This young and growing segment of the consumer population is already driving changing trends in groceries and beverages and is poised to greatly impact markets such as technology, entertainment, and fashion and beauty as well. This segment of consumers offers an exciting opportunity and a challenge for today’s brand-makers, entrepreneurs, and innovators. How will we respond? Continue Reading
Early each year, leading global communications and marketing firm Edelman releases the results of their Trust Barometer survey. The Edelman Trust Barometer is the culmination of a global study of consumer trust in four key institutions – business, government, NGOs, and media. The newest iteration, conducted in 28 countries and encompassing more than 33,000 respondents, places a finger on the pulse of consumers across the world.
Would you be surprised to hear that in 2017 Edelman finds that “trust is in crisis around the world”? For the first time since they began tracking these metrics, “the majority of respondents now lack full belief that the overall system is working for them.” What might be at the root of this global decline in trust in our key institutions? How can we begin to rebuild consumer trust in an authentic and sustainable manner? Continue Reading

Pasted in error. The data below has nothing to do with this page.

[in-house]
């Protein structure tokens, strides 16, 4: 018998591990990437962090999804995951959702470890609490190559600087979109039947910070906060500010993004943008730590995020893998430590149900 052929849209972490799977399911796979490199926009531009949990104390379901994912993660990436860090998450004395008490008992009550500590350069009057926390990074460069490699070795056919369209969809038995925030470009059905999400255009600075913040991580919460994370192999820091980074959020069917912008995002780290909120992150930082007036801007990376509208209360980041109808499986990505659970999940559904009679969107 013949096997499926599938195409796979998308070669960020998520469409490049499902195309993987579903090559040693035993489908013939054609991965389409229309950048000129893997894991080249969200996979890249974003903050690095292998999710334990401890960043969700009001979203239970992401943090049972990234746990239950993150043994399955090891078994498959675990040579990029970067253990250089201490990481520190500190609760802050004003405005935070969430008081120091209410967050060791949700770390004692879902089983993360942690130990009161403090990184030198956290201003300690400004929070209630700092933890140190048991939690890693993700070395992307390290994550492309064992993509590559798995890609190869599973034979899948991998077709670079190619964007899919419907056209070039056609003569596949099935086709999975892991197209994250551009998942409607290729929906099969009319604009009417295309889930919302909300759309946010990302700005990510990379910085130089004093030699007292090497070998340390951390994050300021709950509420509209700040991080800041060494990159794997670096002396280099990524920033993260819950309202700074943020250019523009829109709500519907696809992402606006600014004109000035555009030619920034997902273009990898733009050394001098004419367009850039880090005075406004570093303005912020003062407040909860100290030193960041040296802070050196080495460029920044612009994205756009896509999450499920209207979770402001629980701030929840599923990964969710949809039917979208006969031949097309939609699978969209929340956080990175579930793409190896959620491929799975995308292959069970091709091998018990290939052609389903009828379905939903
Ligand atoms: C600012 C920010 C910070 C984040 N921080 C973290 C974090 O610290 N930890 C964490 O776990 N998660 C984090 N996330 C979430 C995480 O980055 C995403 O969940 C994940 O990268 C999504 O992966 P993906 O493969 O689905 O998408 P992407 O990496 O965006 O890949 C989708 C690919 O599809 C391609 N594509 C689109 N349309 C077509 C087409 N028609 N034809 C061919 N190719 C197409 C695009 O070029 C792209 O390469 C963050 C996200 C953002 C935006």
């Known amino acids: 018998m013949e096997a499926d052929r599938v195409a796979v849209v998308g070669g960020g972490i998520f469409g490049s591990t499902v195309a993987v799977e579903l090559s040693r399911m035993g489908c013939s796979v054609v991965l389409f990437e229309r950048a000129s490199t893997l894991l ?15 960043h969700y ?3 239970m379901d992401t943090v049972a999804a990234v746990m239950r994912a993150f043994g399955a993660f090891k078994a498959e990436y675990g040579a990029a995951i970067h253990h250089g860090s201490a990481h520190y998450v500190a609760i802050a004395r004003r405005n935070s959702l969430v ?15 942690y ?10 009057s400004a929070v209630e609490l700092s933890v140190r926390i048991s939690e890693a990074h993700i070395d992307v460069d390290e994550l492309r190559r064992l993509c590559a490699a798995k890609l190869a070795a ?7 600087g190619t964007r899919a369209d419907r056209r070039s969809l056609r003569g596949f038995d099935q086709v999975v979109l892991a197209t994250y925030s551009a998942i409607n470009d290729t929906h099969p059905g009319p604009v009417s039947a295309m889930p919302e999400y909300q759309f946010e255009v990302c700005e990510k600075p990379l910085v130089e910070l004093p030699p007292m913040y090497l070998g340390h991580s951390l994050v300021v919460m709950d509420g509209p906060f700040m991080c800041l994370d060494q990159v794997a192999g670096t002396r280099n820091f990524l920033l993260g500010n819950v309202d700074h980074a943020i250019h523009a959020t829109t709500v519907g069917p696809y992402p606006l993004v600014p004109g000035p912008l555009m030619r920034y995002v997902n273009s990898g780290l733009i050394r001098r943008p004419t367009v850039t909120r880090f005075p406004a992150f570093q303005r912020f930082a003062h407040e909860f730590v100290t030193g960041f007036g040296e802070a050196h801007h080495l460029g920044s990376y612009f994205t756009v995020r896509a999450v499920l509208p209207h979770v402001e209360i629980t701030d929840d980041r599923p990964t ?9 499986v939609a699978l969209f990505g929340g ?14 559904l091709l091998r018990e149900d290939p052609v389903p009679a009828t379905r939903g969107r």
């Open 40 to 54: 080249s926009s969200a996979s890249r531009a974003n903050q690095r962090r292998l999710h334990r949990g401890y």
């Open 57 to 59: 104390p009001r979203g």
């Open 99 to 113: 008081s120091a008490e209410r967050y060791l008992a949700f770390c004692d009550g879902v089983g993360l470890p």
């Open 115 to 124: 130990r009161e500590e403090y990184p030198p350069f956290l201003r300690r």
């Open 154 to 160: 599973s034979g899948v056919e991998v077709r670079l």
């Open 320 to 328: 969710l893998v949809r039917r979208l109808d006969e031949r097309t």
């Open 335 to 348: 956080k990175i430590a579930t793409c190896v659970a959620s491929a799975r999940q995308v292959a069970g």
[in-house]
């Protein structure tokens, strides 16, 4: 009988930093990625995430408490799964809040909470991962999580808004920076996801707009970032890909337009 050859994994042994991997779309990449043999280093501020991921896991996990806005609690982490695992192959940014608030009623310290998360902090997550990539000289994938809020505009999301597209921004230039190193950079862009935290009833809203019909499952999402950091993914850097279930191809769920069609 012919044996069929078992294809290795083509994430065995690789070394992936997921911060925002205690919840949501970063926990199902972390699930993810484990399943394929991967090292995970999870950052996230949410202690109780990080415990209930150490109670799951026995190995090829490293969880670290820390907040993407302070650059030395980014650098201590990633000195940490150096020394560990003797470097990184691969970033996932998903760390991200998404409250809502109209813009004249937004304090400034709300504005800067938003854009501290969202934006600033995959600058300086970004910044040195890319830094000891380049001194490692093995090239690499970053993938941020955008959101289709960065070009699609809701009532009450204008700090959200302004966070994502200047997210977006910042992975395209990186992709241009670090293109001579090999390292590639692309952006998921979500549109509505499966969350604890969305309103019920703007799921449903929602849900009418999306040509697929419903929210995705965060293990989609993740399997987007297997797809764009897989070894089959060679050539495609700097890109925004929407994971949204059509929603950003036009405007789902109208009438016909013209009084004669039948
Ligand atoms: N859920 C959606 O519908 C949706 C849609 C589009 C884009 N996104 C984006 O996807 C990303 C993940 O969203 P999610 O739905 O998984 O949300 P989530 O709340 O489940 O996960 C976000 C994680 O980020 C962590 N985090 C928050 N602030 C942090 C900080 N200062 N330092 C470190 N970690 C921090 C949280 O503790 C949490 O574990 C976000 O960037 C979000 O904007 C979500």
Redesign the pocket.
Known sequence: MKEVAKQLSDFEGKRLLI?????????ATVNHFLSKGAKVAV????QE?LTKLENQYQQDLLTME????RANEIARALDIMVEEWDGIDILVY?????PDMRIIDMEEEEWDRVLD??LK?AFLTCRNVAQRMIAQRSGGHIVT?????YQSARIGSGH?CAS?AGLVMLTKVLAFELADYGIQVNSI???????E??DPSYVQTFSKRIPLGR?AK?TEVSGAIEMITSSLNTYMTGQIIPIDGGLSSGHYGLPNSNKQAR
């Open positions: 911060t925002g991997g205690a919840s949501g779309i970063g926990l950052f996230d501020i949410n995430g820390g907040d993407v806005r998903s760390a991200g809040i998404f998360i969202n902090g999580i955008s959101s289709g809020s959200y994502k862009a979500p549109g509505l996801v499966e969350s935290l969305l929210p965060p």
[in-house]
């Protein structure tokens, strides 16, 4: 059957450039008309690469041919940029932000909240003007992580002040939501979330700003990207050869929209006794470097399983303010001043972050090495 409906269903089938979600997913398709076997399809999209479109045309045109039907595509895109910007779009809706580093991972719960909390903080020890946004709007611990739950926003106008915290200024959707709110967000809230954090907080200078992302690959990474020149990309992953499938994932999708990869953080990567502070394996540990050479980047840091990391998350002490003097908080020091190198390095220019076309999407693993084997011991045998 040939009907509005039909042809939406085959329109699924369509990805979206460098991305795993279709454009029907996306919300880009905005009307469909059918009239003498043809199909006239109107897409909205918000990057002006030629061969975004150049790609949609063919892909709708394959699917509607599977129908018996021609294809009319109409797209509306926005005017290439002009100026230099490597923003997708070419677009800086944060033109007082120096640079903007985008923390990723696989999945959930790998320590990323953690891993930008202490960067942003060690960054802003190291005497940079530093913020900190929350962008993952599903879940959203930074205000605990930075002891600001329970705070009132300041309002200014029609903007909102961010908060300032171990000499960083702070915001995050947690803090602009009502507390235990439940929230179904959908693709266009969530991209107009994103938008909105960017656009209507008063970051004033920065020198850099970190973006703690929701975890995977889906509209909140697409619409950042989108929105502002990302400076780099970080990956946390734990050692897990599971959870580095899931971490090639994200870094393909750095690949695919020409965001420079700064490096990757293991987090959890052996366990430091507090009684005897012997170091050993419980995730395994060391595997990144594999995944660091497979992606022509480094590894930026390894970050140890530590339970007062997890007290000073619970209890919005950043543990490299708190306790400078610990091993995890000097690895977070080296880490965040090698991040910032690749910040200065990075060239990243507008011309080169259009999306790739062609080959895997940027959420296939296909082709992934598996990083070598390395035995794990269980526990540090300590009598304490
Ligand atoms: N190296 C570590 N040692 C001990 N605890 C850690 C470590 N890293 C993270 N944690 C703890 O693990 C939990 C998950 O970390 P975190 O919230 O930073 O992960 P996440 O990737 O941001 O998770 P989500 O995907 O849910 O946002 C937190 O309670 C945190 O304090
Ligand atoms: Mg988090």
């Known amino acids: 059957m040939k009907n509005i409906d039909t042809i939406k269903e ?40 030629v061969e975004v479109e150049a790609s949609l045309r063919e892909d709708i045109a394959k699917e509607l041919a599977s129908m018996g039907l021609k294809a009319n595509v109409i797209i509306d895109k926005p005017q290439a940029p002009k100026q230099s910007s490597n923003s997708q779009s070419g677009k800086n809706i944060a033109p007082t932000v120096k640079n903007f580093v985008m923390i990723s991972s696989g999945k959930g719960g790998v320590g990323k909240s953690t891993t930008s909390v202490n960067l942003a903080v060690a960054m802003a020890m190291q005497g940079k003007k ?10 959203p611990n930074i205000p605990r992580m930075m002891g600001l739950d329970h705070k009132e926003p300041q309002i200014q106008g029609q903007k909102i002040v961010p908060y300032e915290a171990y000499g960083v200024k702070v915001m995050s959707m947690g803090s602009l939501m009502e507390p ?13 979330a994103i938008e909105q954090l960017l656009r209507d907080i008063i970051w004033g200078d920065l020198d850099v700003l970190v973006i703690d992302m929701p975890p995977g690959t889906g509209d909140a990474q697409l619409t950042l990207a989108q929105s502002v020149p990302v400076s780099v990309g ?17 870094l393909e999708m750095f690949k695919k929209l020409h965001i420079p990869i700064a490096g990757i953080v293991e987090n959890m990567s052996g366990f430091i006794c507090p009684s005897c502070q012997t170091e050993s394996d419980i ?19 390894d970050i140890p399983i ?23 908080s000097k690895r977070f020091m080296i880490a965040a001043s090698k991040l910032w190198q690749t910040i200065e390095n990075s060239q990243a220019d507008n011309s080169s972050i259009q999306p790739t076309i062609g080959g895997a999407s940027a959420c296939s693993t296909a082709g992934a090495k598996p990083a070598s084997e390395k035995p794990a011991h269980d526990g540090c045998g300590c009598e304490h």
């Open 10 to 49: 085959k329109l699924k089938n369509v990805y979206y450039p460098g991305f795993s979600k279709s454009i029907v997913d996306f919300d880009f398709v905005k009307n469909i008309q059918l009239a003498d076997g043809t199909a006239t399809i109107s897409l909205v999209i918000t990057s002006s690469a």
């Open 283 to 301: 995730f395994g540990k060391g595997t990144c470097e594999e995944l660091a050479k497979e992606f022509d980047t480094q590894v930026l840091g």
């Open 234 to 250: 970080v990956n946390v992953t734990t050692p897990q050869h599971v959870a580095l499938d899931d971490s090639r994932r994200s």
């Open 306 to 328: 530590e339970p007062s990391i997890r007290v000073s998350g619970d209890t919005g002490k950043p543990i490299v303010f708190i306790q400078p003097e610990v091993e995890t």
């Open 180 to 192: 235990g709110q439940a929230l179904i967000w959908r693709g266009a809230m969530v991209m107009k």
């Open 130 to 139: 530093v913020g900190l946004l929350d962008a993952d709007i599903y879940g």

This past Saturday, March 4th, 2017, was the 220th anniversary of the first transition of presidential power in the United States. I first became aware of this historic significance through the email newsletter of Rev. Tom Are, Jr., the pastor at Village Presbyterian Church. Shortly after the conclusion of our long and combative 2016 presidential campaign and election, Tom thoughtfully wrote,
“On March 4, 1797, a remarkable thing occurred in human history. John Adams became the second president of the United States. What was noteworthy on that day was the lack of violence. It was not a coup. It was not a violent overthrow. It was the peaceful transition of power. The peaceful transition of power remains a rare and beautiful thing in this world. It also means that whether grateful or grieving, we do not need to be afraid. Whether you are relieved or grieved, we are in this together. Be grateful for the peaceful transition of power and as always continue living toward God’s promised day.”
We’ve been seeing some heartening numbers on unemployment from the Bureau of Labor Statistics, which currently places the unemployment rate at a very low 4.9%. However, while this number demonstrates substantial economic recovery since the Great Recession of 2008, overall public opinion isn’t so optimistic. In fact, Rasmussen Reports reveals that only 31% of Americans feel that the country is “heading in the right direction,” and this number has been significantly low for several years now.
While economic struggles and unemployment are only a part of the problems facing American workers, they’re a large driver of general discontent. I’m sure we all know someone who is struggling to find the caliber of work they would prefer or to find a job at all, and the stress this places on individuals and families is enormous. With unemployment rates so low, why might this be the case? Continue Reading